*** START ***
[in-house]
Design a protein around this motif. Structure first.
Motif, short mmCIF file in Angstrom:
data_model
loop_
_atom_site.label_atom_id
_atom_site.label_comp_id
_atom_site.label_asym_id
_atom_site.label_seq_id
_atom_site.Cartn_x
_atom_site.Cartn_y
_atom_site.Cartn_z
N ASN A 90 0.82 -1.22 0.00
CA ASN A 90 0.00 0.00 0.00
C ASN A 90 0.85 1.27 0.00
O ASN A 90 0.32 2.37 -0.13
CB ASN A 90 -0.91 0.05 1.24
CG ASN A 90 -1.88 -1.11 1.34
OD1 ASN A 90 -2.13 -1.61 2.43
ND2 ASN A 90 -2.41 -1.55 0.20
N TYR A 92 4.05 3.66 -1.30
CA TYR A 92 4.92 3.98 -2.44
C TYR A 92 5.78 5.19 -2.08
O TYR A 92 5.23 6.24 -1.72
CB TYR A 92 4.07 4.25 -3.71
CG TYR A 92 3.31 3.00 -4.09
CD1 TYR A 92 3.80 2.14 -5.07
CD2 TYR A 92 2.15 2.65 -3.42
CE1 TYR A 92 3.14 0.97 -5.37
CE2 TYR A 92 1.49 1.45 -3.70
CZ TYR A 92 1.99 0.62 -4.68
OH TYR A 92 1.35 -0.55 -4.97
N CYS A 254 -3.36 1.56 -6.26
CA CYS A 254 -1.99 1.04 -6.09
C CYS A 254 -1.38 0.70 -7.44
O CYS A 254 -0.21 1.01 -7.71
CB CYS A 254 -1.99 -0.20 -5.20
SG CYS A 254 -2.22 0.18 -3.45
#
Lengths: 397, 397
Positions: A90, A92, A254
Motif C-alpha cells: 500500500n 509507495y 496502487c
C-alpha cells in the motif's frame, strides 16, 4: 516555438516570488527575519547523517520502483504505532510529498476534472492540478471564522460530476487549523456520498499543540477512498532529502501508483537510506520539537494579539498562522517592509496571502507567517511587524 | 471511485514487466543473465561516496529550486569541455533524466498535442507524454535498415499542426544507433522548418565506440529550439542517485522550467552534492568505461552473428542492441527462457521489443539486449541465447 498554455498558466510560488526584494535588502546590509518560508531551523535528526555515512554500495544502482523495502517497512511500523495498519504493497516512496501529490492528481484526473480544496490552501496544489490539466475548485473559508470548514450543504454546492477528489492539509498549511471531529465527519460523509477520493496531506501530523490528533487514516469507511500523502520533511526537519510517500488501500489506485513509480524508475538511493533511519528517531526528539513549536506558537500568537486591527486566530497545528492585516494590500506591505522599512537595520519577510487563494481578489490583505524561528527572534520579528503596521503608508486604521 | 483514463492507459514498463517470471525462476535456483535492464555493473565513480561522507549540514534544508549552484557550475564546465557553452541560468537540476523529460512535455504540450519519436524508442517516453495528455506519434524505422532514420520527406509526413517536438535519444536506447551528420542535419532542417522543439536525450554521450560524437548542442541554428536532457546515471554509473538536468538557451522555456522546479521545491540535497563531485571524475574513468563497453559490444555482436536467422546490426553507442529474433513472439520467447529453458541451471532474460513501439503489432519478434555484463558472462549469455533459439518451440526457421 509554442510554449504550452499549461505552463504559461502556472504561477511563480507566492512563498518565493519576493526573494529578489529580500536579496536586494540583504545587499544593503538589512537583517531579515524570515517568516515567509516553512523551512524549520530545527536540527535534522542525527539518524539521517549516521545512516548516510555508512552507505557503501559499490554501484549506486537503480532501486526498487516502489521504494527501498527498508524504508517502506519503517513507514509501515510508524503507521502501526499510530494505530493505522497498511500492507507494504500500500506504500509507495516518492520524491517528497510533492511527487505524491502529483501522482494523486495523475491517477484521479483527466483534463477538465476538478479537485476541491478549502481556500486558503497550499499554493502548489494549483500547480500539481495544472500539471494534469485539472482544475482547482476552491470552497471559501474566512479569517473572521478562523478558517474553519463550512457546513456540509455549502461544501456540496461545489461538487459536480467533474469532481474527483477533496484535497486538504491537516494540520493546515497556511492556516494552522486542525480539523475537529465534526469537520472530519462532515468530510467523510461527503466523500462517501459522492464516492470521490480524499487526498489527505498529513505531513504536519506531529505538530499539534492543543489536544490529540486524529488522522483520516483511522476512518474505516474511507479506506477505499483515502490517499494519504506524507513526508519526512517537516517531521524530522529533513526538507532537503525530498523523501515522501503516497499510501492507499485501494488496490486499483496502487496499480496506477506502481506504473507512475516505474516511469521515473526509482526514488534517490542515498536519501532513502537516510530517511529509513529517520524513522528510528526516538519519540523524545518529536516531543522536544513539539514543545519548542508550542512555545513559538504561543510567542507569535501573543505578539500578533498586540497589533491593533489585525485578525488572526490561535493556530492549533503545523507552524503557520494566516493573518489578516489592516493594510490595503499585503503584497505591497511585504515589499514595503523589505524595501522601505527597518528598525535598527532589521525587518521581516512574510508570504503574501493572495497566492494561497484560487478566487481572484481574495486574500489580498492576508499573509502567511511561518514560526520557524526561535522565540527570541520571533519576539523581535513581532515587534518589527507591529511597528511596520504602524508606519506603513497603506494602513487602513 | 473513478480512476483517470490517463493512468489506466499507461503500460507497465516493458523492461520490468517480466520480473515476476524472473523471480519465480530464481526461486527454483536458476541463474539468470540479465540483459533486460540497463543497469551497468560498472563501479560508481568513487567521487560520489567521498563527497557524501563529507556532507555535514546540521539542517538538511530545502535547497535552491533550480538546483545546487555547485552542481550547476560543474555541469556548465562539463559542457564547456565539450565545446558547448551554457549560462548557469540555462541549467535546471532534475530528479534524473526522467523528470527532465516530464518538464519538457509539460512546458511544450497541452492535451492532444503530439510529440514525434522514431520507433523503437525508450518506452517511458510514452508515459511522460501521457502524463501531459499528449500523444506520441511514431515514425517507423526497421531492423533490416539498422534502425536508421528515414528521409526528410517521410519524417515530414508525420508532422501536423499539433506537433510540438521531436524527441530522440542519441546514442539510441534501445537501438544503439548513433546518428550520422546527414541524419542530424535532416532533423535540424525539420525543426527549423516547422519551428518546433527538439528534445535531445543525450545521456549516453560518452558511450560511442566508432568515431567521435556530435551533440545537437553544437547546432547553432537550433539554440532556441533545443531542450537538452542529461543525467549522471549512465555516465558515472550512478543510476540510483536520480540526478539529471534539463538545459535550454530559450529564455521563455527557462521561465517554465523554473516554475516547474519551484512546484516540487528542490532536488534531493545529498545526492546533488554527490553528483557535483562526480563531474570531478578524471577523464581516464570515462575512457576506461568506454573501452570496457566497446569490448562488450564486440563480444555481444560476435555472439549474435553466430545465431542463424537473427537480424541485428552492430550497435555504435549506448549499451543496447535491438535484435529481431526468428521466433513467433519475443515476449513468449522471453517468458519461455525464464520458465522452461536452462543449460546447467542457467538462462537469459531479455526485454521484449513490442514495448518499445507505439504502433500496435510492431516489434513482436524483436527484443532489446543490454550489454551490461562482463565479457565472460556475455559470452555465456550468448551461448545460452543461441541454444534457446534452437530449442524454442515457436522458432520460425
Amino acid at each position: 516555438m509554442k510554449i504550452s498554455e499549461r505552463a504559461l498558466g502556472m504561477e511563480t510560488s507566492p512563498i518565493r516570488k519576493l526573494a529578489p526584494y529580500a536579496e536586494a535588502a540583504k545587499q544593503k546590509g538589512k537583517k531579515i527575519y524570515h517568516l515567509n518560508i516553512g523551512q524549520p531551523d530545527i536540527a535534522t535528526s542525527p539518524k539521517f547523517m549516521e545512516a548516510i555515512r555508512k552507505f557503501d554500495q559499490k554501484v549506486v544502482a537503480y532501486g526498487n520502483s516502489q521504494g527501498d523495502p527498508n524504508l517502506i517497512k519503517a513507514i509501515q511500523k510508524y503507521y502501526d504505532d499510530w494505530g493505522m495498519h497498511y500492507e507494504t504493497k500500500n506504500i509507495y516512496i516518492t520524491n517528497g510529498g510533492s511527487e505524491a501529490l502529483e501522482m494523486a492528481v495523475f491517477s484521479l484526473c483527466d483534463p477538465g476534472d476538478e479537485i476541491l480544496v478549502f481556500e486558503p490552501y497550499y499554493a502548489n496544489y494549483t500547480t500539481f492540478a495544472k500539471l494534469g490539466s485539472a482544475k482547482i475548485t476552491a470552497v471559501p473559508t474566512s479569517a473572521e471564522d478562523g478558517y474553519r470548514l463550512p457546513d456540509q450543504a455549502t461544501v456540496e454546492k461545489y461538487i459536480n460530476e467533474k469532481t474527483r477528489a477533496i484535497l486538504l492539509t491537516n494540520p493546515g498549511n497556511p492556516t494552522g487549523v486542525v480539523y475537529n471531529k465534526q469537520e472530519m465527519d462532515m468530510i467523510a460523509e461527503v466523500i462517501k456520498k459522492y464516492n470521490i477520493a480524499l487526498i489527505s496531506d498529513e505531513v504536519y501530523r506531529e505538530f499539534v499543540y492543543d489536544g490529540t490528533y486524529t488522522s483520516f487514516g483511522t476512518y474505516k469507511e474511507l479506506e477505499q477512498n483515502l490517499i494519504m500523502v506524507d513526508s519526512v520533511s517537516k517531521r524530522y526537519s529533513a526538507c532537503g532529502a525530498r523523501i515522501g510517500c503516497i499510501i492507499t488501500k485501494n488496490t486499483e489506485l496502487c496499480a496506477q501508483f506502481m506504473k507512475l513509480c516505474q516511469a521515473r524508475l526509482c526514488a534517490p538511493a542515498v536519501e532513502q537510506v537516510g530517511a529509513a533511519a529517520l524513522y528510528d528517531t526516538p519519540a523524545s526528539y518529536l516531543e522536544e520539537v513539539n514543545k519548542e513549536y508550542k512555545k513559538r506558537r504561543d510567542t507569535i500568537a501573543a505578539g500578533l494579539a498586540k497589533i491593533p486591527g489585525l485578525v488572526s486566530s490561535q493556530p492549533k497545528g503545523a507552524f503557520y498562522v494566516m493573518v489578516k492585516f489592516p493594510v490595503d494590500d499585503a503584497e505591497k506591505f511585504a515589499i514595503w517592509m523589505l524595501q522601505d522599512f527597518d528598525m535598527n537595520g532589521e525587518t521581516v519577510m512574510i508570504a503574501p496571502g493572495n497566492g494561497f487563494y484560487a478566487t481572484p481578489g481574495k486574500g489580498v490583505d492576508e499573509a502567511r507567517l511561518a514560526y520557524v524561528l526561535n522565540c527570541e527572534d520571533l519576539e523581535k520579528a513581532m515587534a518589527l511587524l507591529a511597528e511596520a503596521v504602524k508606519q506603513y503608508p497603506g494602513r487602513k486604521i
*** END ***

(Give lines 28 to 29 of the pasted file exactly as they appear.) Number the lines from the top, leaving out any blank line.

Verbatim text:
CD2 TYR A 92 2.15 2.65 -3.42
CE1 TYR A 92 3.14 0.97 -5.37